22:56:22.  It was determined in the interest of safety the tests be terminated.  Unit #2 housing surfaces were very hot with shaft being very hot.  There was also a grinding noise in frequency noted during the run which was the determining factor to terminate the tests.  Unit #1 performed normally with surface temperatures only running slightly warm.

Post test inspection
  All components of Unit #1 were found to be serviceable with no indication of wear nor deterioration.  Oil Unit #1 was clean and manifested  no signs of deterioration.
  In the inspection of Unit #2 the first feature to be noticed was the scoring of the inner diameter of the fan tower.  It was this scoring that lead to the cessation of the testing.  disassembly showed greater bearing failure that had been suspected.  Oil from Unit #2 appeared to have sustained some degree of burning.

All internal parts were sent to N.A.S.A. labs for detailed inspection.  Testing at NASA proved the coating to be 1 micron thick and bonded to the metal surfaces.  The tests were performed with NASA's electron Microscope and proved the dry-film lubricant  had rebonded only to the bare metal surfaces and not to itself.  NASA photos are included in this summary.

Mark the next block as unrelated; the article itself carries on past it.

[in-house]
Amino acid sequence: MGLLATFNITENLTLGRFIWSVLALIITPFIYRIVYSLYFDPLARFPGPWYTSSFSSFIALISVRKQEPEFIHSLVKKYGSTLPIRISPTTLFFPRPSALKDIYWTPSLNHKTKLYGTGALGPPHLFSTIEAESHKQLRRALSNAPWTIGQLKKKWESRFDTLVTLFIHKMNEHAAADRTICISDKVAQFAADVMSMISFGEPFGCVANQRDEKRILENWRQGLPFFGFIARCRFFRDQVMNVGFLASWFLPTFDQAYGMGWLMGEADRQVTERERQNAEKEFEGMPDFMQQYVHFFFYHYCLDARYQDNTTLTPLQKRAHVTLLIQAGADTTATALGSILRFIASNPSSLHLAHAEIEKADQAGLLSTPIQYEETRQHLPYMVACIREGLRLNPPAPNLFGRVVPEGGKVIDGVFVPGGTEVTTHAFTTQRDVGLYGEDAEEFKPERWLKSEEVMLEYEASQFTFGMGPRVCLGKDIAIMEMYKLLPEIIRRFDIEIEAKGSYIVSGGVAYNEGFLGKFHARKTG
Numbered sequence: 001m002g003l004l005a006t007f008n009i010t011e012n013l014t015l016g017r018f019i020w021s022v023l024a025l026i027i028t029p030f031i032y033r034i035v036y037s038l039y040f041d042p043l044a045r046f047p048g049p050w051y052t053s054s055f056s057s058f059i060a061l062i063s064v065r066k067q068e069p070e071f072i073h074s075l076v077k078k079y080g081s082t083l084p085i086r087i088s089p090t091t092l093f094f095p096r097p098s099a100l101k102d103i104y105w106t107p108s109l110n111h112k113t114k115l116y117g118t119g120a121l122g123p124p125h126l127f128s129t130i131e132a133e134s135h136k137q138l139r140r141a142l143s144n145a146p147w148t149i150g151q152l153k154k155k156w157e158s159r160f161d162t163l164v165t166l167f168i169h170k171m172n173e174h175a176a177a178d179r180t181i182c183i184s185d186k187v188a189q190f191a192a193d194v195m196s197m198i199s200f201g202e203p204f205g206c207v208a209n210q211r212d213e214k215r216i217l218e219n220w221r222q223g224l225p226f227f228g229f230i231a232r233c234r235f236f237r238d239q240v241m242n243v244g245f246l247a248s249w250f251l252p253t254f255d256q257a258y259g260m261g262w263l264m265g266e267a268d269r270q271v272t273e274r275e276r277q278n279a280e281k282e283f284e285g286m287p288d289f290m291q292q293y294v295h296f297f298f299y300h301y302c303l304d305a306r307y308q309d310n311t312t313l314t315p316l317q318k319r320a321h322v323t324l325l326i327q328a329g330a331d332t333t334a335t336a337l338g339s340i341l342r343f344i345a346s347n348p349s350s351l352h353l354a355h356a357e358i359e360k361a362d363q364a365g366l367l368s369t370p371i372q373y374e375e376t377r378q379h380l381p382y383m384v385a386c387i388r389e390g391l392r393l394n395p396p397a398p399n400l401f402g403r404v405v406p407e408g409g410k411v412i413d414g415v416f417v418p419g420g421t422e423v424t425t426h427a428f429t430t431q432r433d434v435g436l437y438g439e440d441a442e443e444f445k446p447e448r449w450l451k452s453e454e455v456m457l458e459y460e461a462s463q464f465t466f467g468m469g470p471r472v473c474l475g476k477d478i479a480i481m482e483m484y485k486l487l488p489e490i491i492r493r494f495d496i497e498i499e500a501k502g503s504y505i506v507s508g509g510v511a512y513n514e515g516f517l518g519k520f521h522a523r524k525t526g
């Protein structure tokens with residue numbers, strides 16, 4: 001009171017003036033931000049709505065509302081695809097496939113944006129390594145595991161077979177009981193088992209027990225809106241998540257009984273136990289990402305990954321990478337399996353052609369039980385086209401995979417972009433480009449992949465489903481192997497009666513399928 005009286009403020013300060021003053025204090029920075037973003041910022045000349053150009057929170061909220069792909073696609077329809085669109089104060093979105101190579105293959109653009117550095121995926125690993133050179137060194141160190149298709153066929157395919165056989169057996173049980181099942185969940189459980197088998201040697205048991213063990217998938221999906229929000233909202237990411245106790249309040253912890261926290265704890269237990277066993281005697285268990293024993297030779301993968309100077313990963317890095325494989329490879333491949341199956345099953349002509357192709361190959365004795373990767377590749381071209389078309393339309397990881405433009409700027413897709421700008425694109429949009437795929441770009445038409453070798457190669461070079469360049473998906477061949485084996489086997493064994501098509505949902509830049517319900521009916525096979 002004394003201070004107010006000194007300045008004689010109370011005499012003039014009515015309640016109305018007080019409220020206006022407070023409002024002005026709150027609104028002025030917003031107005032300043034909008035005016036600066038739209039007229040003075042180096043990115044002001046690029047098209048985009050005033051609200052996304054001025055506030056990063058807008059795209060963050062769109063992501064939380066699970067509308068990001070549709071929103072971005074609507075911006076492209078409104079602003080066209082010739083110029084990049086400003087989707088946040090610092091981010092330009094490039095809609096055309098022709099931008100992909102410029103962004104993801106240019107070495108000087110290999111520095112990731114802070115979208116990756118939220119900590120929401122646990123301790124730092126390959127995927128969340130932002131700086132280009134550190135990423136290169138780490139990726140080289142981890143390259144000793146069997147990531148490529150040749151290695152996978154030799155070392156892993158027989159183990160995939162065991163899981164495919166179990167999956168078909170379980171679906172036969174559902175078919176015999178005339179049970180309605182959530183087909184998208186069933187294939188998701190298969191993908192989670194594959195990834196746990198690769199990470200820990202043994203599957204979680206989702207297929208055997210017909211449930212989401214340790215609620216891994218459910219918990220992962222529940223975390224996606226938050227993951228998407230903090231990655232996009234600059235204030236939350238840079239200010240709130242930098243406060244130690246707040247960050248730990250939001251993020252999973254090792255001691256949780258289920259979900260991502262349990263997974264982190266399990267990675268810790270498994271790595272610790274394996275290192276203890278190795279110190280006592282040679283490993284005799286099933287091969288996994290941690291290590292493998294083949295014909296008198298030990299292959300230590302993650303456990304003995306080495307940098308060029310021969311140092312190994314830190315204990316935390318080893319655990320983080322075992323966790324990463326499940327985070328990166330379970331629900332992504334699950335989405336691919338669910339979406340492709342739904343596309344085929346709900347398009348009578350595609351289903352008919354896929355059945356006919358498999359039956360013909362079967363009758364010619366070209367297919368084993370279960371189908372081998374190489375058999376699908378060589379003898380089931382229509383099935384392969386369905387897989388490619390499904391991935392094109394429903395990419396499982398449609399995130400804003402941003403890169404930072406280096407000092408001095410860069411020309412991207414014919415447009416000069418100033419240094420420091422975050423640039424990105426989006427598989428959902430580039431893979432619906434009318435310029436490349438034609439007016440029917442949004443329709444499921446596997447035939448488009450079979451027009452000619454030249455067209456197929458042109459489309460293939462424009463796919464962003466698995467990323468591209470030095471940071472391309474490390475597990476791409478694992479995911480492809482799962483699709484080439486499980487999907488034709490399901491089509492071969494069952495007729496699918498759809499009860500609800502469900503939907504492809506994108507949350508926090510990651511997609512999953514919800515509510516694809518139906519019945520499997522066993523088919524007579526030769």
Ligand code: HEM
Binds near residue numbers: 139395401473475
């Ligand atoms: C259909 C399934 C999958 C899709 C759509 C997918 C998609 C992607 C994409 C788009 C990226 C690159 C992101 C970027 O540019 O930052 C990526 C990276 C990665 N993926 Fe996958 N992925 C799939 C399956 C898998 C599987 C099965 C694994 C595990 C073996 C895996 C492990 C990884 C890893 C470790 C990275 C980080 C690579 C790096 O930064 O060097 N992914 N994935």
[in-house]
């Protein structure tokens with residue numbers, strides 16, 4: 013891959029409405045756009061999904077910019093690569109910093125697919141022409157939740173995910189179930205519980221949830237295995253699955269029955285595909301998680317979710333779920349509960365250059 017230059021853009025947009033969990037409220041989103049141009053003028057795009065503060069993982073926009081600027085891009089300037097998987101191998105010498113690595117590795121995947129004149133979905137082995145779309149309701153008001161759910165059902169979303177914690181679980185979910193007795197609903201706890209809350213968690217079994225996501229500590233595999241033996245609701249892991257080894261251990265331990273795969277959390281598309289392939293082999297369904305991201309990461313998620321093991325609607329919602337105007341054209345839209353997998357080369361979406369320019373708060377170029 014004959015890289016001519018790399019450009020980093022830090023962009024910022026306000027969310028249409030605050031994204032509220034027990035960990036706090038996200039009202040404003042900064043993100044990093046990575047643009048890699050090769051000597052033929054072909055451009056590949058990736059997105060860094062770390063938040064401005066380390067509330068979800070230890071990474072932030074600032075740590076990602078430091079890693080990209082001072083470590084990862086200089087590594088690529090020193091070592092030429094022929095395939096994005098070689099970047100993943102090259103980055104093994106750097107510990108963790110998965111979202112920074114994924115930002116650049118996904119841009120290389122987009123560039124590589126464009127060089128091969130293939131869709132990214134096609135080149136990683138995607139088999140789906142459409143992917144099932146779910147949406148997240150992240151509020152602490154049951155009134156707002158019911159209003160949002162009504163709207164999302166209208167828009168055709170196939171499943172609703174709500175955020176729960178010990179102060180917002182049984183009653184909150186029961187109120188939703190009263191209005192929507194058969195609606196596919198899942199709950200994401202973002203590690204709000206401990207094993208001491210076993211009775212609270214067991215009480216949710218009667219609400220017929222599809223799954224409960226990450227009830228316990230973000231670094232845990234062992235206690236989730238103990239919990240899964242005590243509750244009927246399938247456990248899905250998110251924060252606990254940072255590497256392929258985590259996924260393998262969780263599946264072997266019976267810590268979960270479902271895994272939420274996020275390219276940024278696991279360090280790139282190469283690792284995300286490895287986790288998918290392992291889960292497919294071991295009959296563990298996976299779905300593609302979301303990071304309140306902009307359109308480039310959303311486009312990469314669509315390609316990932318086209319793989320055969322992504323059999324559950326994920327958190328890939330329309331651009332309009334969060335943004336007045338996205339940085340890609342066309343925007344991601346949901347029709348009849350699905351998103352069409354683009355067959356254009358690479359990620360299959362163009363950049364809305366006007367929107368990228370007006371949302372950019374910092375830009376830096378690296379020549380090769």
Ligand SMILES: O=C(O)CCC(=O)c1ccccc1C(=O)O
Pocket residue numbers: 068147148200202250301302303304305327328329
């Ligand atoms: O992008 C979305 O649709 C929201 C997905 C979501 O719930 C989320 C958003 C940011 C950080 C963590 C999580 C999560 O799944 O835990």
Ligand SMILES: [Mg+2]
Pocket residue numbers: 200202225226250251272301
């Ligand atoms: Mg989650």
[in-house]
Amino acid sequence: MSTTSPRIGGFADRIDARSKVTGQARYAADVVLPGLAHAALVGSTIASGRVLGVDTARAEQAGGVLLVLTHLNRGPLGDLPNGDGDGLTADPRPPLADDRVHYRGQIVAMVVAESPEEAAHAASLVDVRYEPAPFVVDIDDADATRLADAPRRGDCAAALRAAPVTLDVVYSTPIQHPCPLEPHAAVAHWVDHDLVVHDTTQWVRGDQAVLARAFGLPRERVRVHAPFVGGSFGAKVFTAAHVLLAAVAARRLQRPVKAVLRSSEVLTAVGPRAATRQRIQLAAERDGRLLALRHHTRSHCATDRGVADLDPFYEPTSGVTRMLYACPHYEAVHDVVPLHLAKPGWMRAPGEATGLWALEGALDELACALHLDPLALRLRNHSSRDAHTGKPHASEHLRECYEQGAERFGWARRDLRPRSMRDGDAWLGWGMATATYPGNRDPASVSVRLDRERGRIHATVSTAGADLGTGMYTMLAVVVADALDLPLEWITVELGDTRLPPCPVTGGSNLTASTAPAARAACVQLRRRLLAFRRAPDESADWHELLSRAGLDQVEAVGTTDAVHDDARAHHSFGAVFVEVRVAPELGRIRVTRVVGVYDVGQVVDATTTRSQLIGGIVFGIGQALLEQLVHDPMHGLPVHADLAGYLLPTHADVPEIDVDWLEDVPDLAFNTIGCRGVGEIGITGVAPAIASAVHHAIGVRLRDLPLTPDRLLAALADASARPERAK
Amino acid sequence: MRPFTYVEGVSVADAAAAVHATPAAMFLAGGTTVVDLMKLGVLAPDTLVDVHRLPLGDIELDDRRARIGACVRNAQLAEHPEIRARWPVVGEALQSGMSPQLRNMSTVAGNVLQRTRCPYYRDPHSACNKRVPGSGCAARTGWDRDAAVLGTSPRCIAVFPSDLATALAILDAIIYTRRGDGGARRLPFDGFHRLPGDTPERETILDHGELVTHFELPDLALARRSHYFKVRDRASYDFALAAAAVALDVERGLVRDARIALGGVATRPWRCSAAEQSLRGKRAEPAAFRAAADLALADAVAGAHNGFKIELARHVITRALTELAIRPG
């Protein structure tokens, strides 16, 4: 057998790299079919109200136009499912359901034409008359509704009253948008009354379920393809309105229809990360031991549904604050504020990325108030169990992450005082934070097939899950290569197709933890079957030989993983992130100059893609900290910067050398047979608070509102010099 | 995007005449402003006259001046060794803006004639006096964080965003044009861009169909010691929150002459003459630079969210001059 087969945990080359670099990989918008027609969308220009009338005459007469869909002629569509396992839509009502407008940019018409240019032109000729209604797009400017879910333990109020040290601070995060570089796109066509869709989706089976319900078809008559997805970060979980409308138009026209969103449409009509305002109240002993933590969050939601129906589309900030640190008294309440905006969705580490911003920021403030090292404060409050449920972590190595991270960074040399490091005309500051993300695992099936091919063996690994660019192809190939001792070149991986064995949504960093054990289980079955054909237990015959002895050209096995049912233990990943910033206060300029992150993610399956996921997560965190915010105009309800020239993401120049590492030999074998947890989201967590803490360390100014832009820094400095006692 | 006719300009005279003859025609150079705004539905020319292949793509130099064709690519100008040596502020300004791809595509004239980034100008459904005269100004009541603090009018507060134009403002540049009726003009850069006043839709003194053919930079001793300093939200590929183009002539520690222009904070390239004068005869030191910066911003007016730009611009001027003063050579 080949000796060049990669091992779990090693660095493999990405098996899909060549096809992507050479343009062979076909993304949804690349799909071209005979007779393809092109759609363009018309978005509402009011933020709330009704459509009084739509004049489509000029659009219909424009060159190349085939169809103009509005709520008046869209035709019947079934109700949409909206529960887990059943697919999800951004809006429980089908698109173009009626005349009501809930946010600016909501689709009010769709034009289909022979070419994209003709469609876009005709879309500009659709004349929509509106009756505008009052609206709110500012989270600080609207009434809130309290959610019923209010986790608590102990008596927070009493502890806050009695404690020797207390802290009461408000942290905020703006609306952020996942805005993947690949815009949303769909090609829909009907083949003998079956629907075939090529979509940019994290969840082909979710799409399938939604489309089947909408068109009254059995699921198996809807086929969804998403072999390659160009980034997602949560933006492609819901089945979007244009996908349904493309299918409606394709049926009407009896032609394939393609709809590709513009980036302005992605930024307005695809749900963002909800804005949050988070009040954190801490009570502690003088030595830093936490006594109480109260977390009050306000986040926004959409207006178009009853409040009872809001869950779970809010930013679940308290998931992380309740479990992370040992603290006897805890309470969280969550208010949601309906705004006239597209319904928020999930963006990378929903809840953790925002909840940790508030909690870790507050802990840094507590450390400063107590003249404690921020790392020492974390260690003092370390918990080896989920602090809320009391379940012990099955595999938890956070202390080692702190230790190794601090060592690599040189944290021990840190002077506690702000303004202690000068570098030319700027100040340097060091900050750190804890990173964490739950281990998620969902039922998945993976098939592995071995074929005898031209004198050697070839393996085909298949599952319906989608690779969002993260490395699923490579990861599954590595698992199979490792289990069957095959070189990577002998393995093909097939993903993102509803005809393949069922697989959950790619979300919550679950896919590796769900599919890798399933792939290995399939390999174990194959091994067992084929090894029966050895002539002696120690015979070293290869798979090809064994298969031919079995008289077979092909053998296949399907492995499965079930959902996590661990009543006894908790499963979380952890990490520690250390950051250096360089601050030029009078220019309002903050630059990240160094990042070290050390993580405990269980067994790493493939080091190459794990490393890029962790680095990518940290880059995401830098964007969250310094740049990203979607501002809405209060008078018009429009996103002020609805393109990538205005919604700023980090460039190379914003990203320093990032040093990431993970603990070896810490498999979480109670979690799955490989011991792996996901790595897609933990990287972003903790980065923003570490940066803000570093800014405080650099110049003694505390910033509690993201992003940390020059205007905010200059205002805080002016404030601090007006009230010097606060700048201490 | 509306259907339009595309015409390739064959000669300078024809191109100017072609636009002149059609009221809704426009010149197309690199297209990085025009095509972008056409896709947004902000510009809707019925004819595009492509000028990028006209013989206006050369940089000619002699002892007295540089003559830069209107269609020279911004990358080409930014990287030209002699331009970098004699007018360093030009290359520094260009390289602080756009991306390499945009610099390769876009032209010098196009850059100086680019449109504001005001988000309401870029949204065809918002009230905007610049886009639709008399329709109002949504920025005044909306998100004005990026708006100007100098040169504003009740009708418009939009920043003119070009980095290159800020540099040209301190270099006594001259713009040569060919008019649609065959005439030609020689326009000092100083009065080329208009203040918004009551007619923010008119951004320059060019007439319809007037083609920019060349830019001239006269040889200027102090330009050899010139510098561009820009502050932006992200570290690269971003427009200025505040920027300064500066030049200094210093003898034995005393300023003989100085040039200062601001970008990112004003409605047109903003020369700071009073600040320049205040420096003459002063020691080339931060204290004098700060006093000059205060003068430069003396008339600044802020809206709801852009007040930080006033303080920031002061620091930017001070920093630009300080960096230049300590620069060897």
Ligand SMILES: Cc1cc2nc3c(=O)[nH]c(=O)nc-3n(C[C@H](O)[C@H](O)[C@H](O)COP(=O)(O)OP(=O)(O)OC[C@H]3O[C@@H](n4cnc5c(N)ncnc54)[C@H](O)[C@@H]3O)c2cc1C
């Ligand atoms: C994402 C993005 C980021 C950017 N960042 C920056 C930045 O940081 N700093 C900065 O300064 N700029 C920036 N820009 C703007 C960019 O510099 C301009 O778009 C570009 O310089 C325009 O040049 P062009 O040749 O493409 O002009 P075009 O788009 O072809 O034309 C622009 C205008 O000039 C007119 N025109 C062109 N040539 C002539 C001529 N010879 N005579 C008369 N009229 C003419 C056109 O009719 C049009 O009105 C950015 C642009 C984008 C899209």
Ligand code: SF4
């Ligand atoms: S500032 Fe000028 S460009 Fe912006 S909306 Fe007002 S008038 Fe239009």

It is recommended that the Angle Drive Fan Assemblies of the M-113 and related series vehicles be treated with XcelPlus Formula and that they only be run with this lubricant installed. 

Temperature scale explanation

Slightly warm:  A slight temperature elevation can be noted but is minor
Warm: Temperature elevation is very apparent but does not cause discomfort if held
Very warm: Causes discomfort if held but does not cause pain
Slightly hot: Causes discomfort and pain if held to skin discoloration
Hot: Pain if held, prolonged contact results in minor skin discoloration
Very hot: Causes pain and skin discoloration if touched
Extremely hot: Causes pain and blistering if touched

Duration of tests run

Run #

Total hours run


Unit # 1

Unit # 2
















Run  # 1 thru Run  # 8 were made with input RPM of 3,641
Run  # 9 thru Run  # 14 were made with input RPM of 4,861

Inner race from treated bearing (fig 3)

The surface coated with XcelPlus and although the coverage is not complete, the picture shows conclusive evidence of the protection afforded the surface and that the bonding has withstood a considerable amount of extreme friction.